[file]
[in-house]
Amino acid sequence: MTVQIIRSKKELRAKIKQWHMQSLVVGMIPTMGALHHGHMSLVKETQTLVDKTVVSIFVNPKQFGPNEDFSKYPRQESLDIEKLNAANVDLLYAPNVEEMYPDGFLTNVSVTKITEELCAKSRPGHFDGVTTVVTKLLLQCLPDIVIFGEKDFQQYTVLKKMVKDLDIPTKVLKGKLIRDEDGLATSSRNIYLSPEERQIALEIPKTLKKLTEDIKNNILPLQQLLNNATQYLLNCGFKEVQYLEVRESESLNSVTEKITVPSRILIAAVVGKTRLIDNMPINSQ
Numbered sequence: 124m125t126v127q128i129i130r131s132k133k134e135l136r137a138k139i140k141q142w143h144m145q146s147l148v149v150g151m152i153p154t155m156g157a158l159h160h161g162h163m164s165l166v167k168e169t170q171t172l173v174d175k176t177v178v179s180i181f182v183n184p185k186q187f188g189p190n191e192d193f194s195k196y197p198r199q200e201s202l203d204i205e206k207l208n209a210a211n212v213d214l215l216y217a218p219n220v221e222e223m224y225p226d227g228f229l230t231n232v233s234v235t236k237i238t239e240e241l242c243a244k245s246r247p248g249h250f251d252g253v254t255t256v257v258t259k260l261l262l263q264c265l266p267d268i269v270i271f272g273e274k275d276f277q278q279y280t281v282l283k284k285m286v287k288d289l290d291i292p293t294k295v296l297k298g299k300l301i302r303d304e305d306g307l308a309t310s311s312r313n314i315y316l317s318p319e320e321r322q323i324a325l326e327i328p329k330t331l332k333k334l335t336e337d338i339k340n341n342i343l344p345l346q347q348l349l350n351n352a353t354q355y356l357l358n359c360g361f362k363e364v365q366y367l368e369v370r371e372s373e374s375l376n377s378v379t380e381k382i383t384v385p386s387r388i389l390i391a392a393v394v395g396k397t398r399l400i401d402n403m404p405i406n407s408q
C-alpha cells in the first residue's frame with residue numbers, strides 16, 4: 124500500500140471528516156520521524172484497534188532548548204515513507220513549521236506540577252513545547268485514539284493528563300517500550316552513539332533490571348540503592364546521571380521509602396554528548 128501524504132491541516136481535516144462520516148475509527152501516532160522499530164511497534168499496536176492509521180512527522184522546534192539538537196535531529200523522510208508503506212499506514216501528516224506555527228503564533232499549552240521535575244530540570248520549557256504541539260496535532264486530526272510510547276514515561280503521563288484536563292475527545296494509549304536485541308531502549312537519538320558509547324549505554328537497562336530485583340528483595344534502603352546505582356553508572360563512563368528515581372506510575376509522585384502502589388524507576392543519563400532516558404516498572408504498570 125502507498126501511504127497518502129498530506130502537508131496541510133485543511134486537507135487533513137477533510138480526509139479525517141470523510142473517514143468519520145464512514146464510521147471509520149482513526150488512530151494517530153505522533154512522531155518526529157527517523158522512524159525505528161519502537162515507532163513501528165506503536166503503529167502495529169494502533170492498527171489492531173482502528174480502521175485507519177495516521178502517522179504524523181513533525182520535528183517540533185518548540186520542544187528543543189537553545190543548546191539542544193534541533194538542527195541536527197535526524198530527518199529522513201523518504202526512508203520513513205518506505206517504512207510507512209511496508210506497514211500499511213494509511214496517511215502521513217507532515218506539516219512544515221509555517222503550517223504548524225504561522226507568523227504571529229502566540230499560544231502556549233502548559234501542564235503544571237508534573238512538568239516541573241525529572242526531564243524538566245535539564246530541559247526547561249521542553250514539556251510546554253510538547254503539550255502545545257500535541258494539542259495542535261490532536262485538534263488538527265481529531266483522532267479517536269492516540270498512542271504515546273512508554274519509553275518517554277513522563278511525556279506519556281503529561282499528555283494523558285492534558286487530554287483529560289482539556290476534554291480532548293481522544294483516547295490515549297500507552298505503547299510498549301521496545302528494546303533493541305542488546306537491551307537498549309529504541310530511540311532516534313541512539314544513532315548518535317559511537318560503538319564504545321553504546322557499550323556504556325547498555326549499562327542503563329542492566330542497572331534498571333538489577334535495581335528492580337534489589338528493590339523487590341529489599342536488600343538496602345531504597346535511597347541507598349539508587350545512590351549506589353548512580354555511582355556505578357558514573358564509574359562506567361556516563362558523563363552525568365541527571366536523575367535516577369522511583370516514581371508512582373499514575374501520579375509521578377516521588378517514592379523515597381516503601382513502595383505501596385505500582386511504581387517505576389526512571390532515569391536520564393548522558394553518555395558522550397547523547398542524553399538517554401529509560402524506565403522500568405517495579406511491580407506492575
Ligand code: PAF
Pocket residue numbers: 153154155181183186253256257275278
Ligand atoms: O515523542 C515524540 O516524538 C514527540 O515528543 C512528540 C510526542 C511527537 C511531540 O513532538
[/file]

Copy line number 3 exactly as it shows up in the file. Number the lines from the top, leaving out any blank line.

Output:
Numbered sequence: 124m125t126v127q128i129i130r131s132k133k134e135l136r137a138k139i140k141q142w143h144m145q146s147l148v149v150g151m152i153p154t155m156g157a158l159h160h161g162h163m164s165l166v167k168e169t170q171t172l173v174d175k176t177v178v179s180i181f182v183n184p185k186q187f188g189p190n191e192d193f194s195k196y197p198r199q200e201s202l203d204i205e206k207l208n209a210a211n212v213d214l215l216y217a218p219n220v221e222e223m224y225p226d227g228f229l230t231n232v233s234v235t236k237i238t239e240e241l242c243a244k245s246r247p248g249h250f251d252g253v254t255t256v257v258t259k260l261l262l263q264c265l266p267d268i269v270i271f272g273e274k275d276f277q278q279y280t281v282l283k284k285m286v287k288d289l290d291i292p293t294k295v296l297k298g299k300l301i302r303d304e305d306g307l308a309t310s311s312r313n314i315y316l317s318p319e320e321r322q323i324a325l326e327i328p329k330t331l332k333k334l335t336e337d338i339k340n341n342i343l344p345l346q347q348l349l350n351n352a353t354q355y356l357l358n359c360g361f362k363e364v365q366y367l368e369v370r371e372s373e374s375l376n377s378v379t380e381k382i383t384v385p386s387r388i389l390i391a392a393v394v395g396k397t398r399l400i401d402n403m404p405i406n407s408q